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Membership Software

10 Member Acquisition Strategies to Grow your Organization 

Andrea Amorosi June 15, 2024
Table of Contents
11 min read

You don’t have much of an organization without your members. Although growth isn’t the only nonprofit KPI or focus of a good member-based professional organization, it is certainly an important factor. Thus, you’re going to need a member acquisition strategy.

So just how do you attract people to your association, chamber, or nonprofit? By understanding what a member acquisition strategy is, how it works, and the best ways to grow, which is what this guide is all about. Let’s take a look.

What is a member acquisition strategy?

In a nutshell, a member acquisition strategy is a plan to get more people to join your organization. It involves selling your benefits and perks as a meaningful contribution to their lives or goals so that they will exchange those benefits for money. This may come in the form of nonprofit donations or membership dues, for example.

An acquisition strategy is not simply a loose goal for getting people on board. It is a highly detailed, multi-pronged plan for how you will encourage signups through education, communication, and data analysis. That’s why your strategy is so important.

Why are member acquisition strategies important?

The short answer to why acquisition matters is that you must have members if you want your organization to survive. Otherwise, no one is paying to keep the lights on.

The long answer is that such a strategy brings many benefits other than financial. These include:

  • A detailed plan that will help you make smart hiring decisions
  • Guidelines for how to run your events, online presence, and outreach efforts
  • Enhanced credibility stemming from the above
  • A better grasp of the budget, be it monthly, quarterly, annual, or long-term
  • An understanding of what you need to offer your members so that you can keep them happy (i.e. member retention)

Speaking of retention …

Member acquisition vs member retention

On a final note, member acquisition and member retention are not the same thing. Retention means keeping hold of people you have already brought on board. Retention rates are calculated by looking at how many people stayed with you from the beginning to the end of a certain period (such as a calendar year). Acquisition is how many people come on board in the first place.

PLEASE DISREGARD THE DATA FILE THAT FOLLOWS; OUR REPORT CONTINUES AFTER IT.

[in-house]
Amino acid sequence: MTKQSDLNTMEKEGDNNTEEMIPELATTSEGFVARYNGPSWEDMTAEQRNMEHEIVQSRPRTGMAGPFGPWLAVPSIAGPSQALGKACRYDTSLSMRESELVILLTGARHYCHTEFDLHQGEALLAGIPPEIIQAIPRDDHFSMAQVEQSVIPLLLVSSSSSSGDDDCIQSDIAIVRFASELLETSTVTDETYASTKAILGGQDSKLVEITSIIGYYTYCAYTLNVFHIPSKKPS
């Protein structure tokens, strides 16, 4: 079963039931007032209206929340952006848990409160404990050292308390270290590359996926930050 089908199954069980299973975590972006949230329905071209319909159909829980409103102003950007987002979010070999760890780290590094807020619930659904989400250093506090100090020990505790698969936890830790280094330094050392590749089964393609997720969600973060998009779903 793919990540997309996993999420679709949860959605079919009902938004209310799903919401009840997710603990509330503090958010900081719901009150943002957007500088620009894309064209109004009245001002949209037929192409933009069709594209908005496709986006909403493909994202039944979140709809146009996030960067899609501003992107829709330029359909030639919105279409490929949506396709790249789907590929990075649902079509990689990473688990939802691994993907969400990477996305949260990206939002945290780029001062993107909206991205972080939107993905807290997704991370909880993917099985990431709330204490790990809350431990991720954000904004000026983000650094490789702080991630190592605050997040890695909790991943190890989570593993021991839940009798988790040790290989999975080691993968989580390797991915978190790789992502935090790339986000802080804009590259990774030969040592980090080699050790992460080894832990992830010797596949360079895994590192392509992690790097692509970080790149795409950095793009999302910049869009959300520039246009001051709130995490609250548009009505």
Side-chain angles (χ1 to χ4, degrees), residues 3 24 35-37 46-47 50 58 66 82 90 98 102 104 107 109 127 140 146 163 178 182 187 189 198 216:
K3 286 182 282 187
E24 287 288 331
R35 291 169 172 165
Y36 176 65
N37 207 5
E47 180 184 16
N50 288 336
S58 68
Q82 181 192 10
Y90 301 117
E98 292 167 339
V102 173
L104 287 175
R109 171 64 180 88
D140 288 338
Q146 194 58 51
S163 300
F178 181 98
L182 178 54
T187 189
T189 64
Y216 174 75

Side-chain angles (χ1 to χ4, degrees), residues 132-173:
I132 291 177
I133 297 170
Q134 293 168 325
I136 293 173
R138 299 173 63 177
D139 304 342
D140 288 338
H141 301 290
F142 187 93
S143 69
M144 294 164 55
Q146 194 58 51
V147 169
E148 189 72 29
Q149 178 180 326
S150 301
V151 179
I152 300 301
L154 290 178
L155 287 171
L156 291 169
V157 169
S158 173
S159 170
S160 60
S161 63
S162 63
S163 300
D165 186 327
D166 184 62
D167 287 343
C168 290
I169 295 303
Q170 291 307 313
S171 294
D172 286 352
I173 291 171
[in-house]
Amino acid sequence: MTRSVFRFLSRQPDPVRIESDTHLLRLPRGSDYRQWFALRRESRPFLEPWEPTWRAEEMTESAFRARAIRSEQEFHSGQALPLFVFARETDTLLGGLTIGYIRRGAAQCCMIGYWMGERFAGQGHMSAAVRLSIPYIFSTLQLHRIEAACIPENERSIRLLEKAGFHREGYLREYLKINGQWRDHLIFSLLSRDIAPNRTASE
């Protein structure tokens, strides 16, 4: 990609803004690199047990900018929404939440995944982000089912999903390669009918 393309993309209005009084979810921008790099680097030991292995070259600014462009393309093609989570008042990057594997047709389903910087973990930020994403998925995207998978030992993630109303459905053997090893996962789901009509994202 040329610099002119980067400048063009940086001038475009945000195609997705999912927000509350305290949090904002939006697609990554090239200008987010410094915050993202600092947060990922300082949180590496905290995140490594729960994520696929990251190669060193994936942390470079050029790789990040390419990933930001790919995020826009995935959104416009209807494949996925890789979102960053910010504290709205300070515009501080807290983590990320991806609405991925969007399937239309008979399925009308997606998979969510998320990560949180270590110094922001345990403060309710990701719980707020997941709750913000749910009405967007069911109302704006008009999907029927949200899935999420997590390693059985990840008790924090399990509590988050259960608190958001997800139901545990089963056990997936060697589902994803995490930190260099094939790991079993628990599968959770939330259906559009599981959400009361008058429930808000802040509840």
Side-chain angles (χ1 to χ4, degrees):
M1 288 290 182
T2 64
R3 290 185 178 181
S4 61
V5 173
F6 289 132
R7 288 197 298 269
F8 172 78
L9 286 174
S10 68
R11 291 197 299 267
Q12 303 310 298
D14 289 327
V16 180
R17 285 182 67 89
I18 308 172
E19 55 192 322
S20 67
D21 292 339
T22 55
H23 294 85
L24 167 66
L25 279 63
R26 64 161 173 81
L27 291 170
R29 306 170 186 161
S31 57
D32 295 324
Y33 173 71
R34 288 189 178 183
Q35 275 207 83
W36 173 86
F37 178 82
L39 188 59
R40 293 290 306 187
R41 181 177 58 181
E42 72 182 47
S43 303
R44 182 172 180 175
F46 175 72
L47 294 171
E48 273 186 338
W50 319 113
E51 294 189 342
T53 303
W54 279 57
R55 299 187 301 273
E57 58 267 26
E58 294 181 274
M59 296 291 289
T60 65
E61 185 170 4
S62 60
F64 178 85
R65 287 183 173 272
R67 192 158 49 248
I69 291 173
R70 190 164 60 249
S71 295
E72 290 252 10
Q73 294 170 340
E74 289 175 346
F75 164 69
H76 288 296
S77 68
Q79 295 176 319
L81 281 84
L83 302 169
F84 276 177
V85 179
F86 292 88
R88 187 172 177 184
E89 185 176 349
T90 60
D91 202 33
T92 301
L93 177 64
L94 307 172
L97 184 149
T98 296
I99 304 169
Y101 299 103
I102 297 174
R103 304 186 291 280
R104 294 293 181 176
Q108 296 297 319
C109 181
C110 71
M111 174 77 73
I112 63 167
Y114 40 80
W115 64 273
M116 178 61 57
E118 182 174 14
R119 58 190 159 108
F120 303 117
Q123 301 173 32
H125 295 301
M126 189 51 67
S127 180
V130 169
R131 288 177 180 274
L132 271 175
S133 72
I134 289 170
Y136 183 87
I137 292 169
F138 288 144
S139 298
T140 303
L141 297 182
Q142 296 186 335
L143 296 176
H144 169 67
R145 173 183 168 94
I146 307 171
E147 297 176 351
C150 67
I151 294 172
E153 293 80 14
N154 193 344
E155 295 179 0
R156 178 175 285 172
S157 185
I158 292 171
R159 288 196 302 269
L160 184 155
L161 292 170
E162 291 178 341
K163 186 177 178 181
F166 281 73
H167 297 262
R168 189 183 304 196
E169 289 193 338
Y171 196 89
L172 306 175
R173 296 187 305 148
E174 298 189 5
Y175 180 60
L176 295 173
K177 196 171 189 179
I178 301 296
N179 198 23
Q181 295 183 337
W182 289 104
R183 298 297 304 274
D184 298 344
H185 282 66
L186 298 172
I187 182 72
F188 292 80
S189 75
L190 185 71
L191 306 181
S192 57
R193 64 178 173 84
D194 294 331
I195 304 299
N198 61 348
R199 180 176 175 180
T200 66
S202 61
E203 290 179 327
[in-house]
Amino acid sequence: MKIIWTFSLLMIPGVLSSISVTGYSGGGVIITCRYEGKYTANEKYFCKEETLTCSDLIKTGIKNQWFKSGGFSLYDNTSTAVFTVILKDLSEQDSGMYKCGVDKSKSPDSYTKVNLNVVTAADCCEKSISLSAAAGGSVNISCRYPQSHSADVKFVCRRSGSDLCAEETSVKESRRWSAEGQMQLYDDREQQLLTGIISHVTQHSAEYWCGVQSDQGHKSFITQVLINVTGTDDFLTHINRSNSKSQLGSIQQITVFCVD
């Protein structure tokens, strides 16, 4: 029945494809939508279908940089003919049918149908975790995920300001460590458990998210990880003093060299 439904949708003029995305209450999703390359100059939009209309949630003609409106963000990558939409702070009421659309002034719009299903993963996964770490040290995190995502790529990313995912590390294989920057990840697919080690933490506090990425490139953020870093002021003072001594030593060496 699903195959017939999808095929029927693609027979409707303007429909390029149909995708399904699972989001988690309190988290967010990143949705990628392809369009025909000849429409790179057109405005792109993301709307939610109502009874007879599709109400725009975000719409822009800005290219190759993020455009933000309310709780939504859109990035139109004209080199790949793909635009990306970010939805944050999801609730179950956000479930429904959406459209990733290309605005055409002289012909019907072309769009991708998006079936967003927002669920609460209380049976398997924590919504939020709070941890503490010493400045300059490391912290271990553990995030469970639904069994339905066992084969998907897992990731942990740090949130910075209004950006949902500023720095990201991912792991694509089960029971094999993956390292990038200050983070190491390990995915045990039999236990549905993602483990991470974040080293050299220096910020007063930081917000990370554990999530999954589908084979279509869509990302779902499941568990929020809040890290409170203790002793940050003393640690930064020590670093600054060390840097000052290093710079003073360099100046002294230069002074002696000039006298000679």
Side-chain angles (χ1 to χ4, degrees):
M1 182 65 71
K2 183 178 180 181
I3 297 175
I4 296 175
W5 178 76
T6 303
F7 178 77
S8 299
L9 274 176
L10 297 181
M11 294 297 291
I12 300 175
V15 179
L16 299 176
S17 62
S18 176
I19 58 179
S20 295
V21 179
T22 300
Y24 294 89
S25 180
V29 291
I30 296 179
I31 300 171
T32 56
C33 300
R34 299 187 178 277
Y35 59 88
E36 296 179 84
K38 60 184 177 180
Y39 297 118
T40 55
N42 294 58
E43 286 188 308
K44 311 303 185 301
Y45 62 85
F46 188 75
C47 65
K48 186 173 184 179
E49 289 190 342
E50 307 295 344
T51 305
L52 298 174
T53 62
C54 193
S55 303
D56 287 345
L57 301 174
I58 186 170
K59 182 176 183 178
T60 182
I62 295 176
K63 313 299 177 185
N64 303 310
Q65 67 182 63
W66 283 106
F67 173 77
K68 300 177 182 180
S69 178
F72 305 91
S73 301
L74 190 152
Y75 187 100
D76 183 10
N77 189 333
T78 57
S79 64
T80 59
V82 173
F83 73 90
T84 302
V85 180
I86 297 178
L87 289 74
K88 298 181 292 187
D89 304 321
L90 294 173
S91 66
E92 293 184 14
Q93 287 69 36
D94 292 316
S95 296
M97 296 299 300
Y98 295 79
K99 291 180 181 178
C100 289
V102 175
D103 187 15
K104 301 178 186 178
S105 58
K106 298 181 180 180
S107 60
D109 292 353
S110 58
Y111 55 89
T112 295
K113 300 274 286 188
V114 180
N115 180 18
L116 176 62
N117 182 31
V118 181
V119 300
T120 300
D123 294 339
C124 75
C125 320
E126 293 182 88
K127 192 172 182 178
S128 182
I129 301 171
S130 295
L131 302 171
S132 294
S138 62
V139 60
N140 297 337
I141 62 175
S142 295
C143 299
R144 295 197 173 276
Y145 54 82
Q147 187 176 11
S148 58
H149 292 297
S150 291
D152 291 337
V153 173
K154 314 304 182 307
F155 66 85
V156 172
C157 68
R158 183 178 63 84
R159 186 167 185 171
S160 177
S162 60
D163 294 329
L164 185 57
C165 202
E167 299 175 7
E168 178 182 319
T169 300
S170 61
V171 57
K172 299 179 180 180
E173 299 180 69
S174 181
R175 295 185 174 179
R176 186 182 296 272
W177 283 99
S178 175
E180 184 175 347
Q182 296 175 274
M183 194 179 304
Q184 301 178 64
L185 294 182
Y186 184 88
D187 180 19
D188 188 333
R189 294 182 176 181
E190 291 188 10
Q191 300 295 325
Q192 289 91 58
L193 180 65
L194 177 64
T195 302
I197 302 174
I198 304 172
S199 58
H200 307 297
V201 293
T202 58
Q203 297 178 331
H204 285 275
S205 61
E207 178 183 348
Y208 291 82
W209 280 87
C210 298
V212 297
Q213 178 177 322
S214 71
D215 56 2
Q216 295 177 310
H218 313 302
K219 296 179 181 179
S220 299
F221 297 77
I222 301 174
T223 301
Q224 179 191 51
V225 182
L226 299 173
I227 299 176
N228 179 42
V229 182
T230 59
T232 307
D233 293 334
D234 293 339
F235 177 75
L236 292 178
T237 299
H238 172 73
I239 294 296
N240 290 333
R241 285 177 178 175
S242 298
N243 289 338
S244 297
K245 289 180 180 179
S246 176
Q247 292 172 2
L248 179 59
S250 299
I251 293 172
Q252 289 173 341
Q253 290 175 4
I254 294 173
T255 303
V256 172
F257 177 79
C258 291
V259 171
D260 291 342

You cannot expect to keep hold of every member who comes on board. Many join for a specific but short-term reason. For instance, there’s been a natural disaster to which they want to donate, or they are changing careers and need a temporary boost from a professional organization. However, it’s pretty much guaranteed that your retention rates will be less than 100%.

Thus, in a growing organization, your acquisition rates will need to make up for the lost members. That’s why a good strategy matters so much.

Before you start new strategies

Now, before you jump into your member acquisition plan, it’s important to lay a good foundation. Otherwise, you may find yourself following a strategy that doesn’t actually move the needle. Here are a few FYIs for the planning stages.

Know your ideal member (target audience)

Understanding your target audience and creating a picture of your ideal member is critical to effective member acquisition. If you don’t know whom you want to bring on board, then you won’t know how to attract them.

To figure this out, many organizations create one or several profiles of their ideal members. They ask questions such as:

  • Where do they live?
  • What do they do for a living?
  • How old are they?
  • Are there other important sociodemographic characteristics?
  • What do they care about?
  • What are their pain points?

Answering these questions will help you understand who you’re gearing your messaging towards. It will also help to ask yourself how being a part of your organization will help them in the long-term. What can you do to ensure that once the immediate pain point has been addressed or the need has been met, they will stay with you?

Make sure your purpose is clear

Before you can begin to put granular member acquisition strategies in place, you need an easily understandable purpose. For instance, let’s say you help low-income, single mothers find childcare services in your area. To clarify your purpose, you must again ask and answer questions such as:

  • Whom do you help?
  • What’s the income threshold, if there is one?
  • What kinds of services do you help find or coordinate?
  • How long does your assistance last?
  • What benefits will members get?

Remember, in the case of a nonprofit, your members usually aren’t the people you’re serving. So while the single mothers are being helped, you need to create benefits for the people who donate. Those can include feel-good stories, attending an annual banquet, or putting volunteering on their resume.

For a professional organization or chamber, the benefits are usually much more straightforward: classes, workshops, gated content, events, and so forth.

Interview current members